The stage more often referred to as the “formative years” is one of the most critical stages in a child’s life. Children absorb so much from their environment during the ages of three to five, and it’s in these years where a child’s character and individual traits are formed and developed. As parents, we should pay close attention to what our children are exposed to in these years, and look at how the environment and our influence as parental figures affect them.
Considering the rate at which children take in information at this stage makes it the perfect time to instill some core values in them and start teaching your kids good manners.
Good manners help children adapt better in social situations. And part of raising well-mannered children is to set yourself as a good example for them. You’d want them to get attention for good reasons and not for misbehaving around others. This is what makes it exceedingly important to teach good manners at an early age — and start as early as possible. Here are six simple ways to teach your child good manners.
Correct On the Spot
We can’t expect kids to be perfect right on the go. Kids will be kids and it’s important to acknowledge that as parents, we are responsible to teach and show them how to behave at home, and how to act in social situations.
Mistakes create an opportunity for learning. When you correct your child ‘in action’, it helps them acknowledge the mistake and allows them to shape their manners based on what’s expected of them. Some kids might test the limits when corrected but consistent correction can often do the trick. Correcting your child on the spot can also put an immediate stop to any unwanted behavior.
If your child is being noisy in a public place, call his attention and give out a reason why they should tone it down. Let them know that others are in the same area and the noise can distract them from what they do. This shows your child how to be considerate of others while teaching them that being noisy in a public place is not always okay.
Be Respectful in Providing Corrections
Corrections should be made as necessary but being respectful when providing corrections is equally important. We want to be careful when correcting our child. Being aggressive when providing corrections can sometimes come off as rude and it’s not what we want our children to mirror.
Be sensitive to your child’s frame of mind and examine the situation. If you feel that it’s not appropriate, talk to your child in private and explain. Avoid yelling at your child when something they do is wrong. Instead, get to their level, gain eye contact and speak with them calmly. This teaches your child how to communicate to others with respect instead of letting their emotions get ahead of them when pointing out that something is wrong.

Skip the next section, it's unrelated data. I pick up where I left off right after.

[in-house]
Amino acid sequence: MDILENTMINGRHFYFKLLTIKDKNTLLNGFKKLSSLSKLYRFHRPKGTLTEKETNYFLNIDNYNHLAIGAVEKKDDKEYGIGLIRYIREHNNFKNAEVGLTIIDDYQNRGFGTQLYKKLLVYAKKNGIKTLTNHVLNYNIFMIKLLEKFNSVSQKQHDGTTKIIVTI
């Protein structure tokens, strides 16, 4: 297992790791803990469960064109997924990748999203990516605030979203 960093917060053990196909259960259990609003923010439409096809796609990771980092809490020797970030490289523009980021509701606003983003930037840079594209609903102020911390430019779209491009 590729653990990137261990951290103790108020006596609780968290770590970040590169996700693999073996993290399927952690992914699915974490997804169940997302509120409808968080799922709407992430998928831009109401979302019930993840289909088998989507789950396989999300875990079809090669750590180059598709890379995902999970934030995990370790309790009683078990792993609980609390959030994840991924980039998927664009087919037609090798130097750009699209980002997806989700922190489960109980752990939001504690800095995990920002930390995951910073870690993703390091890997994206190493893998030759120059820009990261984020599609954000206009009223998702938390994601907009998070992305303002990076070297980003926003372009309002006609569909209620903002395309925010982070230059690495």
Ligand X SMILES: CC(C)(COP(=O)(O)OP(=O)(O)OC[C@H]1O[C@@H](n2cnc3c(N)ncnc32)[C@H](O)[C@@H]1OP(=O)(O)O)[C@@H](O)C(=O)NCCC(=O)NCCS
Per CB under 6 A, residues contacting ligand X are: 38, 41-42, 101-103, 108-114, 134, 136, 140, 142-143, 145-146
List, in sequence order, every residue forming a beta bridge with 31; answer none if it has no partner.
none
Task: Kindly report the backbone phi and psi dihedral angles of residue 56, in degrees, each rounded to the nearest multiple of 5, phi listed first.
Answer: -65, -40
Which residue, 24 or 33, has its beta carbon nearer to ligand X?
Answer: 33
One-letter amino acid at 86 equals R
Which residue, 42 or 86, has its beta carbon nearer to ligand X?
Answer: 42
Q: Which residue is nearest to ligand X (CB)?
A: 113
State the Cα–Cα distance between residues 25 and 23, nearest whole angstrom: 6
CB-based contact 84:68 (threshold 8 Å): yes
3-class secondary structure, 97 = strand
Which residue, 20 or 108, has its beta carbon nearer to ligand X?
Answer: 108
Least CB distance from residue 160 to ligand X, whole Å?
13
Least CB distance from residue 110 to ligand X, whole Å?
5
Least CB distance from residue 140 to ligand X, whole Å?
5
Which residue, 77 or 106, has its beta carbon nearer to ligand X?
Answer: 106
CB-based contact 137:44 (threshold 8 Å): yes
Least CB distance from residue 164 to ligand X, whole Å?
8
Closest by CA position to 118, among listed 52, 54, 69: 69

Model Good Manners
Keep in mind that your every action is being watched because it is part of your child’s observant nature. Children are great imitators. In their eyes, whatever their parents do is okay for them to do and it snowballs from there. This is why we must be mindful of what we let our children see and how we act in front of them. Use this to your advantage by teaching them good manners at an early age. Set rules for how to behave at home and around others and model that behavior yourself. If you decide to ban phones at the dinner table, make sure to keep everybody’s phones away including yours. No exceptions. Model good manners at all times and it will come as no surprise that your kids will soon follow.
The Magic Words
What’s the magic word? We hear this all the time, and in fact there are five. Introducing these phrases lay the foundation for your child to practice speaking politely to others and will gear them towards making positive interactions with whomever they speak with. Make sure to add the following to their vocabulary as early as possible, and as you may already know, these phrases are: Please, Thank You, May I, Excuse Me and No, Thank You.
Constant practice is also the key to more effective learning. Using the words “please” and “ thank you” in your daily interactions help your kids emulate this positive behavior in their own day-to-day interactions with others.
Teach Sensitivity and Respect
Respect is rooted in sensitivity. Whereas good manners is rooted in respect. Teaching your child the value of being sensitive to others’ feelings helps them treat people with respect,which in the long run allows for them to naturally grow into becoming well-mannered individuals. Starting at the bottom is oftentimes a more effective strategy to teach your kids good manners.
Acknowledge Your Child
Once you’ve taught good manners at home, taking your kids out to public places can help them practice what they have learned in the real world. Children can behave a certain way at home and can be either shy or loud when they are around others. Acknowledging them in public places impresses the importance of proper behavior whenever they are around other people. Children also like to get involved in social interactions you make. When speaking to other people, make it a point to still connect with your child by keeping them close and looking at them every now and then. Making them feel acknowledged minimizes the likelihood of them acting out to get your attention in social situations.
These are a few of the basics, and we’re sure there are a bunch of other ways to teach kids good manners.
If you’re looking to raise a well-mannered child in a safe, loving Christian environment, Cornerstone Learning Center offers the best childhood learning experience that promotes good values and set your child on the path for future learning success. Find out more at Cornerstone Learning Center.